to support local economic development. For example, Gov.
Patrick recently pledged to provide a rail line between Bos-
ton and cities along Massachusetts’ southern coast by 2016.
The Massachusetts Opportunity Relocation and Expansion
Jobs program provides resources to towns and cities to
make road and utility improvements for business develop-
ment on publicly owned land. What’s more, the
state works with incoming companies to stream-
line the permitting process and break ground on
new projects quickly. Finally, Gov. Patrick filed a bill
to create a $25 million fund that will provide high-
speed Internet access to unserved communities.
“With these initiatives,” says O’Connell, “we’re
working smarter to ensure that the Massachusetts’
economy remains strong and nimble.”
As a leading provider of digital voice,
video and Internet services nationwide,
Comcast relies on diversity and inclusion
to remain on the cutting edge. And in its
NorthCentral Division, which includes
Massachusetts, the company is focused
on continually developing senior leaders
who can help Comcast reflect the diverse
communities it serves.
“Forty percent of our executives are
women, a figure that we plan to maintain or
grow,” explains Shanda Hinton, director
of talent management and diversity. “What’s
more, we are focused on increasing people
of color in senior management in 2008.”
To help meet those goals, Hinton works
closely with hiring managers to ensure that diverse candidates are recruited and evaluated for open-management
positions. More importantly, the bonuses of senior leaders
are tied to their contributions to diversity. The result:
Comcast’s growing reputation in Massachusetts and beyond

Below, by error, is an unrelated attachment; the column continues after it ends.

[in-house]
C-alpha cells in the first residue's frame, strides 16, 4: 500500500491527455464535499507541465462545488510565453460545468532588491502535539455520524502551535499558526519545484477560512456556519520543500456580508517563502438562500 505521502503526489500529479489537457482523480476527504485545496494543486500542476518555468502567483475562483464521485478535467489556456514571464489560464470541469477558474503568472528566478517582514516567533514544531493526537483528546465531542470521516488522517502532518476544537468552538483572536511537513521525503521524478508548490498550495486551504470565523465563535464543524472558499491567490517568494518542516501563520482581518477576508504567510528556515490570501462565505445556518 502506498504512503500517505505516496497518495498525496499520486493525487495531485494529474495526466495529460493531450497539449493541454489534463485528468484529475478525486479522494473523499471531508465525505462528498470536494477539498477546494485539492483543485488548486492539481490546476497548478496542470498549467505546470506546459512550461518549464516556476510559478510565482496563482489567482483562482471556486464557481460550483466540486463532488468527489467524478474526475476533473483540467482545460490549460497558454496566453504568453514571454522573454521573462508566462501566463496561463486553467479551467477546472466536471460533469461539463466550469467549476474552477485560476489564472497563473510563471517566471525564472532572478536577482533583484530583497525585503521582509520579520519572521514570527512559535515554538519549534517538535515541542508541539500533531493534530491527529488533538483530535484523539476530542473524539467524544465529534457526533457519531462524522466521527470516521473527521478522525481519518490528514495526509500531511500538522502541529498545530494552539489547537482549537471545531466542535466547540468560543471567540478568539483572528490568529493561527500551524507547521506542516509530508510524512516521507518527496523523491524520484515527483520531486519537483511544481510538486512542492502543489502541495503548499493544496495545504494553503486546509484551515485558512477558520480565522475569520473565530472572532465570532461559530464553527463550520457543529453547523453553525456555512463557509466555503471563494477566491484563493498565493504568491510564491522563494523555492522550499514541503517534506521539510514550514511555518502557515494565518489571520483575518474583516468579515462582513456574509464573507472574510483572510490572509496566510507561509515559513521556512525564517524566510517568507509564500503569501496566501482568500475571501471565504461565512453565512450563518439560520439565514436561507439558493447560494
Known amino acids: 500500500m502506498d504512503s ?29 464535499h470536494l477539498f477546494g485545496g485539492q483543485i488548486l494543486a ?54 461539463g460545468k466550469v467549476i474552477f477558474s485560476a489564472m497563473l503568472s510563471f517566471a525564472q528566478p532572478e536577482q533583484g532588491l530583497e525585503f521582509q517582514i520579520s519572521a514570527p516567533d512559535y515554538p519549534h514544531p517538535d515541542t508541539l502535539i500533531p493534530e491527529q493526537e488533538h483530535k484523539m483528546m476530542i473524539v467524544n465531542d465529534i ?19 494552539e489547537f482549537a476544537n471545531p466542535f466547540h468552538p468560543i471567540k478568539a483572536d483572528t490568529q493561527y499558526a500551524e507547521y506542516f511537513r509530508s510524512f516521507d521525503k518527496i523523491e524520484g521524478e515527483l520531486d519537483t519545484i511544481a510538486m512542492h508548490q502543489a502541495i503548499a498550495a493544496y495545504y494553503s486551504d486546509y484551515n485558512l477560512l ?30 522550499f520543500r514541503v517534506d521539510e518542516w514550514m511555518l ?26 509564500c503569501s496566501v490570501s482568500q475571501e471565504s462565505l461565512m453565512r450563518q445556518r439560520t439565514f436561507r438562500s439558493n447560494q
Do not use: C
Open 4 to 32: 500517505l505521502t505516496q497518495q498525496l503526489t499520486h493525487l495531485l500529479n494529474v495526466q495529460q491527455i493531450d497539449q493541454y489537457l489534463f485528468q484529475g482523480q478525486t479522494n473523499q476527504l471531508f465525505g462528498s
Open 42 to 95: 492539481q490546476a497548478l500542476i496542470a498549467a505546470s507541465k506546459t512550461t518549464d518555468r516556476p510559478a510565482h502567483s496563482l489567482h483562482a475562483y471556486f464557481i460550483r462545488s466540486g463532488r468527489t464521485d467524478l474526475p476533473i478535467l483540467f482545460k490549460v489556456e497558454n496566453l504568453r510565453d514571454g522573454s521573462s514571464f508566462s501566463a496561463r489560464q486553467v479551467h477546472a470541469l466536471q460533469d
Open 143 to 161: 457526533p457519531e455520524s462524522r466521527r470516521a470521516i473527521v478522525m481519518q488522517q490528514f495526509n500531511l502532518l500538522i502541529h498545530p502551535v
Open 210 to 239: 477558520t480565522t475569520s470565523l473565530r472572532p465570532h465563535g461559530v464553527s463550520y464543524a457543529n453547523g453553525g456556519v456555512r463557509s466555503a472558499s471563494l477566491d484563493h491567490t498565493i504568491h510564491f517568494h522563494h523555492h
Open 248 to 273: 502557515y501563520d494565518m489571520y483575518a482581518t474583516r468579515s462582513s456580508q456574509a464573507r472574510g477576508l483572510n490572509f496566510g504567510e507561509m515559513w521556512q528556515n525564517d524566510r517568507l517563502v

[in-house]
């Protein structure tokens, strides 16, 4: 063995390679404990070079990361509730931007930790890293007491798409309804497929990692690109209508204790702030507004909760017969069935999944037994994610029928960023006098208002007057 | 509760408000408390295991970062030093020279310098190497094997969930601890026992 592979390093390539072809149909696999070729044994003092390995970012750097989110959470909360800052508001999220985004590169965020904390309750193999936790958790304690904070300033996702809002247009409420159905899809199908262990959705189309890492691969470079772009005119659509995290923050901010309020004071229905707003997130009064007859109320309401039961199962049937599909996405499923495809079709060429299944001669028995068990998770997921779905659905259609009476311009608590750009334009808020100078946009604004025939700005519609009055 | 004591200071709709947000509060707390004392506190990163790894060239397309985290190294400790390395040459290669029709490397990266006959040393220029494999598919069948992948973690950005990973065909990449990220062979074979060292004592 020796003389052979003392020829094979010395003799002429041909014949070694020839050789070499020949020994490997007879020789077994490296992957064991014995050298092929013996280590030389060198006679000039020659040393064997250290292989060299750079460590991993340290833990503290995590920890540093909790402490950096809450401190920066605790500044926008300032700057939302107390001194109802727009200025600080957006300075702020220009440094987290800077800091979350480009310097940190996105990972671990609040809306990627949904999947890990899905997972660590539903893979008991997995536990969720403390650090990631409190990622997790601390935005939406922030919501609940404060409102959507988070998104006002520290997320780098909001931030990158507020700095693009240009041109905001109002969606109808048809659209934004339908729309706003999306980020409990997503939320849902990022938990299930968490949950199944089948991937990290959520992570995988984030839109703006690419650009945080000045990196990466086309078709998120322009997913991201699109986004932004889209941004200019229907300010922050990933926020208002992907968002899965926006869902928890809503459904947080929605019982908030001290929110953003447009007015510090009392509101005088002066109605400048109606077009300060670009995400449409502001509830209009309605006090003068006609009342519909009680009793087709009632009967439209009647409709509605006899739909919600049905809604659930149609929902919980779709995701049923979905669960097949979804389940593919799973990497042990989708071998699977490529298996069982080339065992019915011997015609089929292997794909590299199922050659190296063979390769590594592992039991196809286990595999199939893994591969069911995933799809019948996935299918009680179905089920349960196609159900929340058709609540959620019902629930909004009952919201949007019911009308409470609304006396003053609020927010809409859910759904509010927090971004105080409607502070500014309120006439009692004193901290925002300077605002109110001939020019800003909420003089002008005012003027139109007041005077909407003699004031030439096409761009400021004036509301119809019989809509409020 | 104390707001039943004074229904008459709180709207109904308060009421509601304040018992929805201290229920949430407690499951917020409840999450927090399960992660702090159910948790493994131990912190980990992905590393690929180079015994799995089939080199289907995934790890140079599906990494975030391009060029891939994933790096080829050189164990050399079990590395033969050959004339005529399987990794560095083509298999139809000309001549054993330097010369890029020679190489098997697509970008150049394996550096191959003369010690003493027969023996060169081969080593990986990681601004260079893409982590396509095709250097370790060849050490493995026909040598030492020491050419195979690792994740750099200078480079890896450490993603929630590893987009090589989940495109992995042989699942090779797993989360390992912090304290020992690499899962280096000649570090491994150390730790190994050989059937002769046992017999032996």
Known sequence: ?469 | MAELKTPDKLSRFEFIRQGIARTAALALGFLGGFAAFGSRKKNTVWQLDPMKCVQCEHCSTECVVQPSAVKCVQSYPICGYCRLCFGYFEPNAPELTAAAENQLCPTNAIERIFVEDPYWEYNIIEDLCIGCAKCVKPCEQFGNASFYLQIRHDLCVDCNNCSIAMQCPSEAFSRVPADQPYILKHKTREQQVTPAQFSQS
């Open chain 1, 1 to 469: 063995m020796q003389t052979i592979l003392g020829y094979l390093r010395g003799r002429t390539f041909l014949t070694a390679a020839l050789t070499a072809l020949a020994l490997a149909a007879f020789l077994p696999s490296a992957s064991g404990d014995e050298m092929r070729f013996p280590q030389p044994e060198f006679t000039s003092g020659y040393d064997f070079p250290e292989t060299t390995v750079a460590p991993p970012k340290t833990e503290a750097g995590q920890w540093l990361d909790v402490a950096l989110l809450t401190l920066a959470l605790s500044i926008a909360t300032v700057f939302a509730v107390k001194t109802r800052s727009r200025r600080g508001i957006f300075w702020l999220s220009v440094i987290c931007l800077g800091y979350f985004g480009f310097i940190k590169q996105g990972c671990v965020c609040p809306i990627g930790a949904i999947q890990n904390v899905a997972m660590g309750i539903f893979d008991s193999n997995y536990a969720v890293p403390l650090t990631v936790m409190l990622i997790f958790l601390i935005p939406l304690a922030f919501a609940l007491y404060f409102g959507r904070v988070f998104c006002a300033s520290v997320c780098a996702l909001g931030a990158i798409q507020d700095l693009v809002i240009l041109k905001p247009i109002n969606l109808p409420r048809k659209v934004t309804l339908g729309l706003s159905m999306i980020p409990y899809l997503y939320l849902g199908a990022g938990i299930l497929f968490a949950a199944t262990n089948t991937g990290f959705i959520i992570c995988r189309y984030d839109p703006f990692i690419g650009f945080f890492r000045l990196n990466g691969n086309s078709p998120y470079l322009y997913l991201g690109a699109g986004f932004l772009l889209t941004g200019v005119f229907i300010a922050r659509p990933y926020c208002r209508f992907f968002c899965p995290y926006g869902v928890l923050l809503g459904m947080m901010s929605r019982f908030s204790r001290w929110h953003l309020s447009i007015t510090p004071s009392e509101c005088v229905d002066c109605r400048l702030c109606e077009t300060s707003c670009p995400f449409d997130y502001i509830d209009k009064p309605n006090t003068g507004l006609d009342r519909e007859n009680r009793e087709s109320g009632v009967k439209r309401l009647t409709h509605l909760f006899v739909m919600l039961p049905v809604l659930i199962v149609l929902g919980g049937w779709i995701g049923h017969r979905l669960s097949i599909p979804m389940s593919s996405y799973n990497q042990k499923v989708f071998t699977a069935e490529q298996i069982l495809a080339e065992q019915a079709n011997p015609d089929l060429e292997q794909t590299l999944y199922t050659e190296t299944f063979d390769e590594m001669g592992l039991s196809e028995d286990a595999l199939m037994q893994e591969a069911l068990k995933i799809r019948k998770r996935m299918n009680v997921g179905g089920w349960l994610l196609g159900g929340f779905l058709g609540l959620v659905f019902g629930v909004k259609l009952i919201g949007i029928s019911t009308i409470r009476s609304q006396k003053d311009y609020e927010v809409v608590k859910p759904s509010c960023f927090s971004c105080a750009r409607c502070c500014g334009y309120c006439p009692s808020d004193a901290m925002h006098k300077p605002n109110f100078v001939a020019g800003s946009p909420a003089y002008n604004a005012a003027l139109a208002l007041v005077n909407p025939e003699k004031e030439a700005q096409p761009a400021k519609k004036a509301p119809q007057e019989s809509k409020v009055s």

as an employer that walks the walk when it comes
But company leaders say their focus on diversity is driven
by more than their desire to be an employer of choice. Comcast’s commitment to diversity and inclusion is also contributing to operational success, empowered employees and strong
business growth through initiatives such as:
• Pa’ Que Te, a culturally savvy marketing campaign using
“in-culture” messaging to communicate with Latino consumers,
last year led to strong sales growth, for instance.
• Comcast also launched English On Demand last year, a
complimentary service allowing non-English speakers from all
backgrounds to learn English from home, using Comcast’s On
“We think our customers appreciate that Comcast takes
the time to understand their culture and to speak to them in the
language they use with their family and friends,” says Karen Breen,
vice president of marketing strategy.
Adds Hinton: “We’ve always prided ourselves as being a frontrunner in our industry that out-innovates our competition. Diversity
is just another tool to help us keep our lead.”
ATTRACTING TOP TALENT
“The demographics of Massachusetts are changing
dramatically,” explains Greg Almieda, president of
Global View Communications, a business market-
ing and research company that recently analyzed
the state’s ethnic and racial populations. What
Almieda discovered: By 2020, 40 percent of Mas-
sachusetts’ residents aged 20 to 25—prime candi-
dates to enter the job market—will be Black, Latino
or Asian American.
Immigrants, who bring energy and ambition
with them, are an important piece of this equation.
More than 14 percent of Massachusetts’ residents
are foreign born; 47 percent of those came from
Latin America (primarily Brazil), while 23 percent
came from Asia. What’s more, foreign-born
workers account for 17 percent of the state’s
work force and have a lower unemployment rate
than native-born workers.
CHUCK ANZALONE, THE GRAPHICS GROUP